World News

    Pakistan's Musharraf Charged with Murder in Bhutto Killing


    A Pakistani court has charged former military ruler Pervez Musharraf with murder in connection with the 2007 assassination of opposition leader and former prime minister Benazir Bhutto.

    Tuesday's indictment of Mr. Musharraf by a court in Rawalpindi marks the first time a former Pakistani military chief has been charged with a crime.

    Mr. Musharraf took power in a 1999 coup and later served as president until resigning under threat of impeachment by his opponents in 2008 and going into exile.

    Prosecutors charged him with murder, conspiracy to murder and facilitation of murder in the gun and bomb attack that killed Ms. Bhutto as she left a political rally in Rawalpindi on December 27, 2007.

    They did not specify how Mr. Musharraf is suspected of involvement in that incident.

    The former Pakistani leader appeared in court and pleaded not guilty, while his defense team represented by lawyer Afshan Adil dismissed the charges as false, fabricated and politically motivated.


    "Of all the offenses that he has been charged with, not a single case is applicable to the [former] president. I don't know how these proceedings are being carried out against him."


    American lobbyist Mark Siegel, a former Bhutto speech writer, has accused Mr. Musharraf of threatening her in a phone call before she returned to Pakistan from exile in October 2007. Siegel's U.S. law firm Locke Lord declined to comment when asked by VOA for his reaction to the indictment.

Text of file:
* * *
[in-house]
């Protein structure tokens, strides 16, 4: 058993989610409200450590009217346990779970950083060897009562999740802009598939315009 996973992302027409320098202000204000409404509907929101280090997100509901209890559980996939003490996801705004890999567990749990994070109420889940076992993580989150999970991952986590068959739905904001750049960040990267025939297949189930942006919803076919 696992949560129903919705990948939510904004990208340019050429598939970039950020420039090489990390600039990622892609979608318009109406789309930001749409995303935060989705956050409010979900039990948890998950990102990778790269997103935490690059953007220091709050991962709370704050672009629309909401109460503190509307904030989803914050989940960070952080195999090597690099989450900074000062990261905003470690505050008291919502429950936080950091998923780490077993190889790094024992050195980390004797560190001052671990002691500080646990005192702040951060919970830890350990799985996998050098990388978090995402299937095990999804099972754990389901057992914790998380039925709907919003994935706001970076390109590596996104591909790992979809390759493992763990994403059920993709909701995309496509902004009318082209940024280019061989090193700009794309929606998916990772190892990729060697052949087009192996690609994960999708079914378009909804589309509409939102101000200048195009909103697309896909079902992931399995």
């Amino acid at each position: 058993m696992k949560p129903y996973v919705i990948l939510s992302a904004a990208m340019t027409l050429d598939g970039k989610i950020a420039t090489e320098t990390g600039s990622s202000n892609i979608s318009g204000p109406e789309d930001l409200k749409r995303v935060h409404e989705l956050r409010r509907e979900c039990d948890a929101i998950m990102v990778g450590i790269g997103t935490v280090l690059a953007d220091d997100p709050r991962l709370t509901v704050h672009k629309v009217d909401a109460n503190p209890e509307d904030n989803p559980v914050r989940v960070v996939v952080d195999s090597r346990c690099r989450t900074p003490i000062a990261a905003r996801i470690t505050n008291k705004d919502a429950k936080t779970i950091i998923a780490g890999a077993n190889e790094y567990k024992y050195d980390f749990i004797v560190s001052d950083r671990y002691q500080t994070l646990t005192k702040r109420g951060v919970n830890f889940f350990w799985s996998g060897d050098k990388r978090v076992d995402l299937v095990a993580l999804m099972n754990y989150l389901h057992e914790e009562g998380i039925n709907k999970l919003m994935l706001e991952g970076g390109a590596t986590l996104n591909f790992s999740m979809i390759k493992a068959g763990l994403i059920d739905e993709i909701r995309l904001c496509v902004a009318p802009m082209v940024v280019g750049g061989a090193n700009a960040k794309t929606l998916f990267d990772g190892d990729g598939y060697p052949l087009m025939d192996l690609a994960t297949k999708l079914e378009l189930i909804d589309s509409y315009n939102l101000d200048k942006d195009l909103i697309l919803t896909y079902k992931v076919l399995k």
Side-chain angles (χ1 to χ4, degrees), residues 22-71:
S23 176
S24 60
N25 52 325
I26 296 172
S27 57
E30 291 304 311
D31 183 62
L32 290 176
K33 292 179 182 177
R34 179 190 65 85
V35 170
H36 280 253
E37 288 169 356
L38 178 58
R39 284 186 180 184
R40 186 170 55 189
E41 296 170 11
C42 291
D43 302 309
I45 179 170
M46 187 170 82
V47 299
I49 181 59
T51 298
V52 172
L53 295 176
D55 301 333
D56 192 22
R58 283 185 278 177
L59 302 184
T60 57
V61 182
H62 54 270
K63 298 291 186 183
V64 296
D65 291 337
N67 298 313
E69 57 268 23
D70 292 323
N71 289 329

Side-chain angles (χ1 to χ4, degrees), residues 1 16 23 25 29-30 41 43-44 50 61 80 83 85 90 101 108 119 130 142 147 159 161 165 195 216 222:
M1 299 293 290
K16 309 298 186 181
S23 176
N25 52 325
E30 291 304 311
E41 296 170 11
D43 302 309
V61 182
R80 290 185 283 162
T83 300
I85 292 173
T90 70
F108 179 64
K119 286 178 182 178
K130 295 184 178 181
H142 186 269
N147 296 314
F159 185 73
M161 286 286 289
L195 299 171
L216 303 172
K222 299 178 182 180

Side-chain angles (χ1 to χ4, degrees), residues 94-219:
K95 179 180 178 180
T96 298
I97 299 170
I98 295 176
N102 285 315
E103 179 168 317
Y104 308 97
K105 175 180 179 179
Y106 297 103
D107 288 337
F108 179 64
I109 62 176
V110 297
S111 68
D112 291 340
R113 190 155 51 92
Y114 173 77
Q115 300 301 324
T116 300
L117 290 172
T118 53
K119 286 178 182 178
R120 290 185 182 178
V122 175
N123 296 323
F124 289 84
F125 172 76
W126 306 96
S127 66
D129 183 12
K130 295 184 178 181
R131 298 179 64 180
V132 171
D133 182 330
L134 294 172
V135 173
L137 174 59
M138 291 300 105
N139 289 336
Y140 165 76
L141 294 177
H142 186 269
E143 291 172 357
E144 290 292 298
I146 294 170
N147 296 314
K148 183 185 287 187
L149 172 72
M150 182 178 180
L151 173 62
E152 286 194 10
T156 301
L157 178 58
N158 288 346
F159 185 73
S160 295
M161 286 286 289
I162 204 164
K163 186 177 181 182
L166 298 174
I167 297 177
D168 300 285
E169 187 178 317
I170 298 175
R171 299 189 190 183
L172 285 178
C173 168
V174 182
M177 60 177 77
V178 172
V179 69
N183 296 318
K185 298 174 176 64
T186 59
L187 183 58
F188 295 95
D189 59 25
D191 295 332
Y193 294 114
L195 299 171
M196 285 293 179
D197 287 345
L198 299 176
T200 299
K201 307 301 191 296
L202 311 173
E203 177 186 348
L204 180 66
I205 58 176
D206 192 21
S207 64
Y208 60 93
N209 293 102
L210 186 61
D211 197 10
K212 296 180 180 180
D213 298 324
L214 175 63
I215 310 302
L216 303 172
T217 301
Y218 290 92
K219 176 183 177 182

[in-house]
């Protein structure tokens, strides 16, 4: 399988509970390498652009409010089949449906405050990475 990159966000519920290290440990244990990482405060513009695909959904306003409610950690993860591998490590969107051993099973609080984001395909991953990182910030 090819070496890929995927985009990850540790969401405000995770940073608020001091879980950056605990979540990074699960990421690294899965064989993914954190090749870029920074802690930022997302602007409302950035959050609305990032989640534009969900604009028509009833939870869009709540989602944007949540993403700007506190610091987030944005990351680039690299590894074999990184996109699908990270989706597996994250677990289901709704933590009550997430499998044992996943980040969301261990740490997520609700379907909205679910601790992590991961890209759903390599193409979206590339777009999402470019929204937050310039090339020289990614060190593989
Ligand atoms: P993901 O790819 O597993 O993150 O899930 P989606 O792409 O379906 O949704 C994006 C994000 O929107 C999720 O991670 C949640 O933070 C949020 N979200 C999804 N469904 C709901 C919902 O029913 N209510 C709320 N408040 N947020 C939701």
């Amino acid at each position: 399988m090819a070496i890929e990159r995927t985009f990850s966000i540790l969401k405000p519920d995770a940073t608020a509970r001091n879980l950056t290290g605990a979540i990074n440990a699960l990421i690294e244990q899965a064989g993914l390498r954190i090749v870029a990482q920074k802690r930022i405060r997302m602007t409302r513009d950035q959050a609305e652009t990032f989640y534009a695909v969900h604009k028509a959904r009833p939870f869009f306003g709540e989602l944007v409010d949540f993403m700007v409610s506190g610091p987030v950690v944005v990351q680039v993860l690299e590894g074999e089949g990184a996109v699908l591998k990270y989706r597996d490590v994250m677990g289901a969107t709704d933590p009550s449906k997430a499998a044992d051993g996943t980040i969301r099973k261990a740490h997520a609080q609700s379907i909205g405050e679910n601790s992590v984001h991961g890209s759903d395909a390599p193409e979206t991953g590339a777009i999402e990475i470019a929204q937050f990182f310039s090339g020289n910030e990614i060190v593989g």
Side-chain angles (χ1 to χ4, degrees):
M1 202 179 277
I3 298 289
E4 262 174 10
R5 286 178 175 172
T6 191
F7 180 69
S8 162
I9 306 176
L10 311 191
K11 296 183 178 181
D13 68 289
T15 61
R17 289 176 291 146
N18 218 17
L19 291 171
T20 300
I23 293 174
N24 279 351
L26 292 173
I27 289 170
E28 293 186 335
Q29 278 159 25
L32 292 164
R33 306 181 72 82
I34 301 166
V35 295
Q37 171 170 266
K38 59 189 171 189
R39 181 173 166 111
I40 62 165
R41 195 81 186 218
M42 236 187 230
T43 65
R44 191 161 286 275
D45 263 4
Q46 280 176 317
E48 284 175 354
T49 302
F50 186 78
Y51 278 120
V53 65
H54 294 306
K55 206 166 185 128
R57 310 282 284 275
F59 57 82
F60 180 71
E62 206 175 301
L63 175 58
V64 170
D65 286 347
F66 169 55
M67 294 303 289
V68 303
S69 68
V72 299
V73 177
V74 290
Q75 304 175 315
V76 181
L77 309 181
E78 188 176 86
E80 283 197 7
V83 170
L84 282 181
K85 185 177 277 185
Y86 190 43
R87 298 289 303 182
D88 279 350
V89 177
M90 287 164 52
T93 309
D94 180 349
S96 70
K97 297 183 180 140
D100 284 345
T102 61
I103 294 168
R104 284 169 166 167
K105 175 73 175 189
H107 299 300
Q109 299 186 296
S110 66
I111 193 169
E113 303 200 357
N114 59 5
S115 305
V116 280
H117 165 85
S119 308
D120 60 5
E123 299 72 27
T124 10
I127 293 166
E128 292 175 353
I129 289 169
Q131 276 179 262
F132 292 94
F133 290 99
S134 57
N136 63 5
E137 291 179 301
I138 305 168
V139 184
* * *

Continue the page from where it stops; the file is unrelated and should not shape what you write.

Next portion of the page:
The court adjourned the case until August 27.



    In a March 2012 article for the New York Daily News, Siegel said he believes Mr. Musharraf conspired to kill Ms. Bhutto because her party appeared on the verge of a landslide victory against his supporters in a 2008 parliamentary election.

    A U.N. commission of inquiry into the assassination released a report in 2010, saying Mr. Musharraf's government "failed in its responsibility" to protect Ms. Bhutto after she returned from exile with his consent to compete in that election.

    Mr. Musharraf blamed the assassination on Taliban militants and said he warned her of militant threats to her safety. A Pakistani government investigation released in 2012 concluded that Mr. Musharraf knew of the assassination plot in advance and ordered the destruction of evidence.

    The former president returned to Pakistan in March after almost four years in self-imposed exile in a bid to resurrect his political career. But, he has faced a series of legal problems since then.

    In the first major setback, Pakistani courts barred Mr. Musharraf from running in May's parliamentary election. In another blow, the government of Prime Minister Nawaz Sharif began investigating him for treason on suspicion of violating the constitution multiple times while in power.

    Mr. Sharif's party won the May election, returning to the prime minister's post that he held until Mr. Musharraf ousted him in the 1999 coup and sent him into exile. Mr. Sharif returned to Pakistan in 2007 with Mr. Musharraf's consent and served in the opposition until his recent election victory.